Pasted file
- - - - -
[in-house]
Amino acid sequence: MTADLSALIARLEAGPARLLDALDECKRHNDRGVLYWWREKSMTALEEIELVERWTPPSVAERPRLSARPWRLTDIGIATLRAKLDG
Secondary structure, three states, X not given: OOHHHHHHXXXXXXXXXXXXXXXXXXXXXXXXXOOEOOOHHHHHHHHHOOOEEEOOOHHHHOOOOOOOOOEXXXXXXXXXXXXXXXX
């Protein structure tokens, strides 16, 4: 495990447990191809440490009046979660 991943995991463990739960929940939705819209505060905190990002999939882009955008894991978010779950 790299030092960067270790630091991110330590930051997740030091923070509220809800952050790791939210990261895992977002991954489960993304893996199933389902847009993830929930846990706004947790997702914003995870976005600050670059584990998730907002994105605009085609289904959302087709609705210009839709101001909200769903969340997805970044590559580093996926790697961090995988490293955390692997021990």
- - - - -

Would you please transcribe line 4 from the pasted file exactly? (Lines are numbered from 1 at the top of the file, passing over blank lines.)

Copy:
């Protein structure tokens, strides 16, 4: 495990447990191809440490009046979660 991943995991463990739960929940939705819209505060905190990002999939882009955008894991978010779950 790299030092960067270790630091991110330590930051997740030091923070509220809800952050790791939210990261895992977002991954489960993304893996199933389902847009993830929930846990706004947790997702914003995870976005600050670059584990998730907002994105605009085609289904959302087709609705210009839709101001909200769903969340997805970044590559580093996926790697961090995988490293955390692997021990």